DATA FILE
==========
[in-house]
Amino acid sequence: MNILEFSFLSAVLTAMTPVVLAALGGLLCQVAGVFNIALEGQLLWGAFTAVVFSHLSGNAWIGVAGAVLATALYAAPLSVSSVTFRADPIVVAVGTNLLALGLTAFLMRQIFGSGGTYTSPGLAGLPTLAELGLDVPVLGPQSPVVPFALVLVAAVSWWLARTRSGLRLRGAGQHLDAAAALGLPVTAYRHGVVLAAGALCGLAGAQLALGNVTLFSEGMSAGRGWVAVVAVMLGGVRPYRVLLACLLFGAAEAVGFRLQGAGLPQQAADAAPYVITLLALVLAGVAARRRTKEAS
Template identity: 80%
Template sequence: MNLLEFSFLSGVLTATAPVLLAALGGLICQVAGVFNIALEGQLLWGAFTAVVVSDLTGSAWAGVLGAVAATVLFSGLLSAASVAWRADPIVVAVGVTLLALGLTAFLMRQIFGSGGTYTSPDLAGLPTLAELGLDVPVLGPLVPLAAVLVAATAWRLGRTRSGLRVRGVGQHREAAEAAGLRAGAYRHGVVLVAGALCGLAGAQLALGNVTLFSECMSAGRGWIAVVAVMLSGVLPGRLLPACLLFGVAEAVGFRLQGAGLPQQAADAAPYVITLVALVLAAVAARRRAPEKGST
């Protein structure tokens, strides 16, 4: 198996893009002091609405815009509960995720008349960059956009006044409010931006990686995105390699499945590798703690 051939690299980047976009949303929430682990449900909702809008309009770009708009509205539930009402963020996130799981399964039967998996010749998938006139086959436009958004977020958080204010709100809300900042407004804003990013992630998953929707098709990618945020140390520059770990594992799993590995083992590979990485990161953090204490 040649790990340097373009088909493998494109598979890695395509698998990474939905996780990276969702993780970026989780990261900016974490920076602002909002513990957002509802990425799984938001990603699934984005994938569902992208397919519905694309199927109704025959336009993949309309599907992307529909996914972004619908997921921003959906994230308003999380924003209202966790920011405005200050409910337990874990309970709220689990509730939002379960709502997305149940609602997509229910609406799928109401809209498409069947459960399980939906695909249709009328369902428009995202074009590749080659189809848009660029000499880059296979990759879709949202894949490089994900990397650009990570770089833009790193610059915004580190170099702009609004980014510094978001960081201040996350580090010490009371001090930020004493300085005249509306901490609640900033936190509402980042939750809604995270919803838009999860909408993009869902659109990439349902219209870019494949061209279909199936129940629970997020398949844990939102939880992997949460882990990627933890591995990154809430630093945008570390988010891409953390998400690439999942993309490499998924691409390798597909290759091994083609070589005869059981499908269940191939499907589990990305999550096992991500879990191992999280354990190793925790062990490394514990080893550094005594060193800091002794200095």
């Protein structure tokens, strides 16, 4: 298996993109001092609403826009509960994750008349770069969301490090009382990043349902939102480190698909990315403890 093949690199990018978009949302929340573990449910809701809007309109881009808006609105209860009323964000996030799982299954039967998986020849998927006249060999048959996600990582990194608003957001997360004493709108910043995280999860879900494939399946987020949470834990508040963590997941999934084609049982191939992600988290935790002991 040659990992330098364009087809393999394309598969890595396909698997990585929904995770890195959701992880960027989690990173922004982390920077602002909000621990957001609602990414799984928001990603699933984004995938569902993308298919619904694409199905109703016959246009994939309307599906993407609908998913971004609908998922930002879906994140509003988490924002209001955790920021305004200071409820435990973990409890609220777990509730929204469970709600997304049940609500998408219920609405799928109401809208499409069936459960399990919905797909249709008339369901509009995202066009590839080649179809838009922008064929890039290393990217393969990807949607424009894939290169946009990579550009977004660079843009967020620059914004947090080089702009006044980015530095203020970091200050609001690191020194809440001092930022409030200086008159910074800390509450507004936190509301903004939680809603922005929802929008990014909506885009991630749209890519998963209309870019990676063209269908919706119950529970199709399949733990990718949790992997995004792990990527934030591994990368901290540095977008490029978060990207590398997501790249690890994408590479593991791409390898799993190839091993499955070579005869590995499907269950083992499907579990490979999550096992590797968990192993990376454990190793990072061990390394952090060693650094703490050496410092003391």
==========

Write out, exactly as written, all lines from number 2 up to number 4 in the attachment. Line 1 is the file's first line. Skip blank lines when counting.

Amino acid sequence: MNILEFSFLSAVLTAMTPVVLAALGGLLCQVAGVFNIALEGQLLWGAFTAVVFSHLSGNAWIGVAGAVLATALYAAPLSVSSVTFRADPIVVAVGTNLLALGLTAFLMRQIFGSGGTYTSPGLAGLPTLAELGLDVPVLGPQSPVVPFALVLVAAVSWWLARTRSGLRLRGAGQHLDAAAALGLPVTAYRHGVVLAAGALCGLAGAQLALGNVTLFSEGMSAGRGWVAVVAVMLGGVRPYRVLLACLLFGAAEAVGFRLQGAGLPQQAADAAPYVITLLALVLAGVAARRRTKEAS
Template identity: 80%
Template sequence: MNLLEFSFLSGVLTATAPVLLAALGGLICQVAGVFNIALEGQLLWGAFTAVVVSDLTGSAWAGVLGAVAATVLFSGLLSAASVAWRADPIVVAVGVTLLALGLTAFLMRQIFGSGGTYTSPDLAGLPTLAELGLDVPVLGPLVPLAAVLVAATAWRLGRTRSGLRVRGVGQHREAAEAAGLRAGAYRHGVVLVAGALCGLAGAQLALGNVTLFSECMSAGRGWIAVVAVMLSGVLPGRLLPACLLFGVAEAVGFRLQGAGLPQQAADAAPYVITLVALVLAAVAARRRAPEKGST